"This business isn't for everyone," says Nate Bettencourt, owner of Bettencourt Baits (www.bettencourtbaits.com). "Making high-end, custom fishing lures is slow, painstaking work. Success doesn't come overnight."
Bettencourt knows this from personal experience. He started making lures when he was just a kid growing up in California. "I messed around with spinners when I was little and then graduated to fly-tying as the years went by. Finally, after I was forced to medically retire from the Modesto Police Department after 16 years, I moved to Clinton, Mo., and got serious about gamefish baits — mostly crankbaits."
Serious may be an understatement. His baits typically take more than a year to develop — often involving 200 hours or more of hard work — before they're ready for sale to the public. That work starts with the basic physical design.
"I catch a baitfish and then use it to trace a pattern on paper before I make the prototype body. That way a bluegill looks like a bluegill, and a trout looks like a trout. I don't like one body shape with different finishes. They don't look natural. That's not what real baitfish look like."
Once he has the pattern looking like it should, he goes to work on the action. That begins with selecting the proper type of wood. Sometimes that's balsa, sometimes cedar, sometimes poplar, sometimes pine and, with some baits, it's a combination of two or three of them.
"Not all wood acts the same in the water. There's a particular type of wood that fits each lure, and to build a lure right you've got to find it," he explains.
After that he'll decide if the lure needs joints — and if so, how many and where they need to be — to swim like the real thing. Often, this involves hours of watching a particular species of baitfish in its natural habitat and then testing and retesting the prototype to get it right.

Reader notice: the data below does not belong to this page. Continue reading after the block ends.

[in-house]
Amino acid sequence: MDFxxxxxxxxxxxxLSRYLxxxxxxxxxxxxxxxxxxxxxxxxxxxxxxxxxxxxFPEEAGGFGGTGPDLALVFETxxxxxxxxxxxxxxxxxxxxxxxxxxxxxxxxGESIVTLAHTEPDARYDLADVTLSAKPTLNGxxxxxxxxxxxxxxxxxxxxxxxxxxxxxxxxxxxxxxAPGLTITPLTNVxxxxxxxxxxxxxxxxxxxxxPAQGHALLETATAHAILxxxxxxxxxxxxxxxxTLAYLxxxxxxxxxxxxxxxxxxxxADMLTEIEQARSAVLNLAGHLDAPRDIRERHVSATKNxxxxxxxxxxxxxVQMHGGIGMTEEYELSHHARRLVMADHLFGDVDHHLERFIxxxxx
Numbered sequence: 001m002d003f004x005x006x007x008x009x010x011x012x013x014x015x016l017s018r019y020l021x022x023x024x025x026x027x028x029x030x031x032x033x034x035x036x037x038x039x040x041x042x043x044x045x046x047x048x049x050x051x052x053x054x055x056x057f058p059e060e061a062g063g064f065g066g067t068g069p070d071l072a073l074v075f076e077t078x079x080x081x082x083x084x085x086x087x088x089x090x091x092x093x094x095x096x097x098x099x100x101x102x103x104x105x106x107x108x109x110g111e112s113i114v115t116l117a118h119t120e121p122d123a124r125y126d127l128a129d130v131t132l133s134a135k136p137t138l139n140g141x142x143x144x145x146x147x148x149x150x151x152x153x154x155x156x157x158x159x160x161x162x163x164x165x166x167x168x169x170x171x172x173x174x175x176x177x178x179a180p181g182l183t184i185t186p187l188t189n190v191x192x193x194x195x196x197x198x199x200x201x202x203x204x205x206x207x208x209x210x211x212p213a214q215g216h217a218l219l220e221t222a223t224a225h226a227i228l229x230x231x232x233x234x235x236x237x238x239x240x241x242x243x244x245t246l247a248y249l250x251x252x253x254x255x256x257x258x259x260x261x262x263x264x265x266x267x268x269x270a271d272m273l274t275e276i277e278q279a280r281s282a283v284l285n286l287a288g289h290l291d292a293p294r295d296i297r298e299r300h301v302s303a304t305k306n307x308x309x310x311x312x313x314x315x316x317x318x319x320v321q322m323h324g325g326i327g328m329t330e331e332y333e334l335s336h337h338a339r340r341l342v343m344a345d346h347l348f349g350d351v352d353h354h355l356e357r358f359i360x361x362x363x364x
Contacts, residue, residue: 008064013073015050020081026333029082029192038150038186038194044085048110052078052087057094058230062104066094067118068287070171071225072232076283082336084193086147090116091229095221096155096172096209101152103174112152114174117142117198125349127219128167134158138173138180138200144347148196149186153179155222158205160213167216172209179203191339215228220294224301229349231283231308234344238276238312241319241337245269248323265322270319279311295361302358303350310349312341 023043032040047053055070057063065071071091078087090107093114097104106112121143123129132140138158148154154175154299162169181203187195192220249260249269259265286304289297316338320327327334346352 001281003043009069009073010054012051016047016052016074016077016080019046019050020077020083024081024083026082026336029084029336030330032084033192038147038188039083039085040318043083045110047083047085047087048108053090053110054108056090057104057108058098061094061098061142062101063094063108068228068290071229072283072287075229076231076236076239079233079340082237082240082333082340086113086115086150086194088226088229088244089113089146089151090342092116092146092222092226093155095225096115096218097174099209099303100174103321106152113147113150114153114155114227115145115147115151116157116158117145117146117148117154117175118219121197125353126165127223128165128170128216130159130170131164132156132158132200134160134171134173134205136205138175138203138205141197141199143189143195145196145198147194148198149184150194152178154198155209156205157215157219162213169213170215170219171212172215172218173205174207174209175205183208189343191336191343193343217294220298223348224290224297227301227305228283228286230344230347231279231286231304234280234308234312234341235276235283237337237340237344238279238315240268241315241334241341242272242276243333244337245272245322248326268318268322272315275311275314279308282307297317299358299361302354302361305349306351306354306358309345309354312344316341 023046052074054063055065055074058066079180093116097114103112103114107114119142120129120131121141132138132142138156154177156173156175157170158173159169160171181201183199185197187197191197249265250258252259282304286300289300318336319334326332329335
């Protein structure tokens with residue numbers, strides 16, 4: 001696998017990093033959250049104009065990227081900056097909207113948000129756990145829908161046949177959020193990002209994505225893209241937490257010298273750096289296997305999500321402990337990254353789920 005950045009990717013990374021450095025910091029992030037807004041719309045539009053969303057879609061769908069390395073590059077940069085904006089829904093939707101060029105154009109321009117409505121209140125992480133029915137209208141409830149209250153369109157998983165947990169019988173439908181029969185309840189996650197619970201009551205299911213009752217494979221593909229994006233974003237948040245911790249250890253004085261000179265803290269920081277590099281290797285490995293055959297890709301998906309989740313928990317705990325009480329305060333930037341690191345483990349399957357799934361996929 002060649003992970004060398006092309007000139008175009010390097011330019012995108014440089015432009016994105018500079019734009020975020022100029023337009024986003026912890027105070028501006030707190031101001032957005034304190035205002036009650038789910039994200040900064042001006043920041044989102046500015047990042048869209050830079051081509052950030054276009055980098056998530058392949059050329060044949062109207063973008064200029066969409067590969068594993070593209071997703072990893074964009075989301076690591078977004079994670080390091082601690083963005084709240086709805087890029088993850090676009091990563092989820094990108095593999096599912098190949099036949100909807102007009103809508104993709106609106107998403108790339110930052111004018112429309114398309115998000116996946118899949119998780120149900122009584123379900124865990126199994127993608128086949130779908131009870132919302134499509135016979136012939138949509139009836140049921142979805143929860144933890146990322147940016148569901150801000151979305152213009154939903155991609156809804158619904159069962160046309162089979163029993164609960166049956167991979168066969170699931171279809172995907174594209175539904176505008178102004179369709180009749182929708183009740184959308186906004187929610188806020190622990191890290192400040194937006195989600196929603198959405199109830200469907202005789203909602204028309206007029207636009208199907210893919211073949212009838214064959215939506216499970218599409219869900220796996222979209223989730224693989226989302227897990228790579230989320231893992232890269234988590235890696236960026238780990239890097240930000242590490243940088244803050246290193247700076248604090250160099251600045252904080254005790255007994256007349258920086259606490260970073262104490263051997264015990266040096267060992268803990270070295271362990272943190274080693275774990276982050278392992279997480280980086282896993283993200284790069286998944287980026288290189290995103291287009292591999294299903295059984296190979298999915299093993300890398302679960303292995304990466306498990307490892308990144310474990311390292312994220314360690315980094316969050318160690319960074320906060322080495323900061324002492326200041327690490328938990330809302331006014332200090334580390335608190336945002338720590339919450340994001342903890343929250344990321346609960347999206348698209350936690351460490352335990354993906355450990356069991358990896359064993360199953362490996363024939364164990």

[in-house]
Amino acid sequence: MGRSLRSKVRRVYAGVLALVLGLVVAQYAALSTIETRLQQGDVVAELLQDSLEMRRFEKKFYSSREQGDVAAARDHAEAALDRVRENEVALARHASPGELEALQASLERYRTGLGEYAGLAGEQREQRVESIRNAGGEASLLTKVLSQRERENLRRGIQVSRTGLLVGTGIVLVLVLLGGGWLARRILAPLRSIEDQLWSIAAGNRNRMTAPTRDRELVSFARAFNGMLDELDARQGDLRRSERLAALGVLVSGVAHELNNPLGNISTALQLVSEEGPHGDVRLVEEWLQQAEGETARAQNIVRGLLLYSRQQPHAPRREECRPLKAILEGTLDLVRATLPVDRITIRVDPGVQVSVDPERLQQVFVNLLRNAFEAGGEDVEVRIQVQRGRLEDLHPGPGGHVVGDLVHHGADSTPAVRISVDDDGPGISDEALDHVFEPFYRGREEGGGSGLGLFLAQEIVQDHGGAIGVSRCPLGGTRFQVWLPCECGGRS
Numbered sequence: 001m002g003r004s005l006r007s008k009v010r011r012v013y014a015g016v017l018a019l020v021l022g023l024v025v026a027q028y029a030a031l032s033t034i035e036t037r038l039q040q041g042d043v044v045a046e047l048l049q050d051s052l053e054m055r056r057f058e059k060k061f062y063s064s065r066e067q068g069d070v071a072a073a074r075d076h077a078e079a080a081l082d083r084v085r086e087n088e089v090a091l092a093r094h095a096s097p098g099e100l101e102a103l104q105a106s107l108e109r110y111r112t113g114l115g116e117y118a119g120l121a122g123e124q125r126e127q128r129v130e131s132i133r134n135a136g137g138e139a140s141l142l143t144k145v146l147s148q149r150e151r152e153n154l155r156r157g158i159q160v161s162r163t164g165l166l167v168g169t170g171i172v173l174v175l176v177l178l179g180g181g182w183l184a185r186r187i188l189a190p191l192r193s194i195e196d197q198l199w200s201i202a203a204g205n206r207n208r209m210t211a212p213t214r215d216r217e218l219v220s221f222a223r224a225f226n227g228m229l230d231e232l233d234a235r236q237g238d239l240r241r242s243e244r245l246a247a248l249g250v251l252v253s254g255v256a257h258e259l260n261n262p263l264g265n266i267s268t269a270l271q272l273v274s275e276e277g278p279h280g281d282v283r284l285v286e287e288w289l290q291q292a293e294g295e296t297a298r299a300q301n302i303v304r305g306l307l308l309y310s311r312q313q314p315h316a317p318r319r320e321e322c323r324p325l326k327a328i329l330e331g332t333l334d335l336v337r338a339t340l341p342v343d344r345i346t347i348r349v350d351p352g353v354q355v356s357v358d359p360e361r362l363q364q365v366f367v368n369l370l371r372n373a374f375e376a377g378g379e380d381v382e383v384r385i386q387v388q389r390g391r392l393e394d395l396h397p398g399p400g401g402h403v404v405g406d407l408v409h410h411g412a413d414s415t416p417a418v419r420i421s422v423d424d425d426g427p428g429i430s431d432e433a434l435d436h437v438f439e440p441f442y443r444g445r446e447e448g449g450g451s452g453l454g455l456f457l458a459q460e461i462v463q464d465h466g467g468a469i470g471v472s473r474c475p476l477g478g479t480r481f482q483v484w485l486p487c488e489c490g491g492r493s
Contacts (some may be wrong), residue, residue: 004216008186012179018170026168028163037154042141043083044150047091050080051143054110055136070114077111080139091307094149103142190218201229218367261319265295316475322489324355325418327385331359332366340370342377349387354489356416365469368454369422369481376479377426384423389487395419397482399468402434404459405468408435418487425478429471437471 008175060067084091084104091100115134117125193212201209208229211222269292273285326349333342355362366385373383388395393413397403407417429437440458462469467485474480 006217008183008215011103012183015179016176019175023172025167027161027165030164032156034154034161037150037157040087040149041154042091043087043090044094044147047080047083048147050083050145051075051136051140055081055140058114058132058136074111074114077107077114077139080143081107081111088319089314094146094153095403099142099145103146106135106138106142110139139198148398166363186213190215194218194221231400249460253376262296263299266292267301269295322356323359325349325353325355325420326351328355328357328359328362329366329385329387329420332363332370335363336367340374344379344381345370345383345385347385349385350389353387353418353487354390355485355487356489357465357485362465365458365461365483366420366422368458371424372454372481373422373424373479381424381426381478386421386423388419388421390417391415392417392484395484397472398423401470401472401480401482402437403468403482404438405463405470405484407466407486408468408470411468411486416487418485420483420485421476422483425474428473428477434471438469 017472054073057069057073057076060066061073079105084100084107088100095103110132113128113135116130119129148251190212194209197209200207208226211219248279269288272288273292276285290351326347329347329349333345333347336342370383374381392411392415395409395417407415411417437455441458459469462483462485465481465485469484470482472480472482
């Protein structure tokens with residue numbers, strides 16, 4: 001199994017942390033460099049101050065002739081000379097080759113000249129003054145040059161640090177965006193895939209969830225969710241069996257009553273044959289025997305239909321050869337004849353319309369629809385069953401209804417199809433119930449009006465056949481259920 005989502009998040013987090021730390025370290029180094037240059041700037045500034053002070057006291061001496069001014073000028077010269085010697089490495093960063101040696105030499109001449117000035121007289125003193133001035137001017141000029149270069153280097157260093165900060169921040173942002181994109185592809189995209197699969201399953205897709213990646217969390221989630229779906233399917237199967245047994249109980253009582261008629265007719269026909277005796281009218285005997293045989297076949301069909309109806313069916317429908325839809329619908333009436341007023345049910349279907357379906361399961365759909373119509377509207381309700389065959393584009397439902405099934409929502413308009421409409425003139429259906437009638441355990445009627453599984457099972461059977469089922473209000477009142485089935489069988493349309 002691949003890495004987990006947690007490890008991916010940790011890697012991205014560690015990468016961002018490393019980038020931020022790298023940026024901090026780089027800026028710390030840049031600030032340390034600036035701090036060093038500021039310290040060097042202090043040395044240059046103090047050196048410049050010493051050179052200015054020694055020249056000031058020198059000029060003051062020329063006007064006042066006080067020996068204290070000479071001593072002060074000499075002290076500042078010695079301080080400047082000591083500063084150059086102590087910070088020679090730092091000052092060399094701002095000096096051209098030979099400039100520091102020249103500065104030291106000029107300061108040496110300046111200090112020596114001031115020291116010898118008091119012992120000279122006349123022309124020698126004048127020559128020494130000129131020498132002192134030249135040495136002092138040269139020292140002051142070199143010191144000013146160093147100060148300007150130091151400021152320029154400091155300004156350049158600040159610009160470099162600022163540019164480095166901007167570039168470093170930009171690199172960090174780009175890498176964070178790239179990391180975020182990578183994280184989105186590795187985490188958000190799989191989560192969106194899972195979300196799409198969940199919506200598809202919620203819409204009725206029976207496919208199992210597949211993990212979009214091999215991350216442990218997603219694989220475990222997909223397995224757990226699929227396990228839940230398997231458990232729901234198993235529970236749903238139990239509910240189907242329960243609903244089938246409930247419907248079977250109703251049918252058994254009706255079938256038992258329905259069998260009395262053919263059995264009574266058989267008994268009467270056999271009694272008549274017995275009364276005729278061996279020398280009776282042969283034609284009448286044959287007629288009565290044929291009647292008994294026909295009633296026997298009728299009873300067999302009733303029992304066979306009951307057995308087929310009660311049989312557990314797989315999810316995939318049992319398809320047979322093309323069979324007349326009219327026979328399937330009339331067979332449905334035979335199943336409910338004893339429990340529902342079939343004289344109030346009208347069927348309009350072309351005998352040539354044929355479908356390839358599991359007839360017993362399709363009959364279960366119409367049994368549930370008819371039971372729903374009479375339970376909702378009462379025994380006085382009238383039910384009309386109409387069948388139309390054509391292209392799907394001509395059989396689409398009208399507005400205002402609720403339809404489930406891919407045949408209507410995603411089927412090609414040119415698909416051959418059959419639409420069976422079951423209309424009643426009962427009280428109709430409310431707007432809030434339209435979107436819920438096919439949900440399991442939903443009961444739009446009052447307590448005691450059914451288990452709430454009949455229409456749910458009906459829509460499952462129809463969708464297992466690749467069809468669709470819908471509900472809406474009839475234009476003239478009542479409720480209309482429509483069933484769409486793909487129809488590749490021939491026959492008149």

The finish comes last. He uses a photograph of the baitfish to get a true reproduction of the colors and the pattern. "With a lot of them I put the finish on with an airbrush, but sometimes it looks better if I photo imprint directly on the body. It just depends on the model and the colors involved."
He then reproduces the baits to order, one at a time, and hand-tunes each one before it's shipped.
"It's a lot of work but I don't want mediocre lures. My anglers are paying top dollar for these baits and they're entitled to a top quality product. I'm going to give them one — no exceptions, no excuses."
But love of the product isn't all there is to custom lure making. It's still a business and must be treated as such. Bettencourt is successful and has made some money at it. Nevertheless, he cautions others who are contemplating entry into the business that it isn't easy.
"It takes time to develop the skills to make a good lure. It doesn't happen overnight. I'd hate to say how many lures I've destroyed over the years learning to cut patterns, create natural movement and apply professional finishes. I've learned more from my mistakes than from my successes, but I didn't get paid for them."
Bettencourt continues to say, however, that it's easier now than it was when he was learning because of improved technology and greater access to information resources for lure makers. Web sites such as ( www.tackleunderground.com, where custom makers can exchange ideas and get competent advice, and where he serves as a moderator and frequent contributor, make a big difference.
These advances in the art, coupled with an increasing, big-bass-driven demand, will strengthen the market for custom lures, according to this craftsman. "I think the market for custom, high-end lures will continue to grow. It'll always be a cottage industry but there's a lot of bass out there waiting to be caught and a lot of anglers who want the best and are willing to pay for it."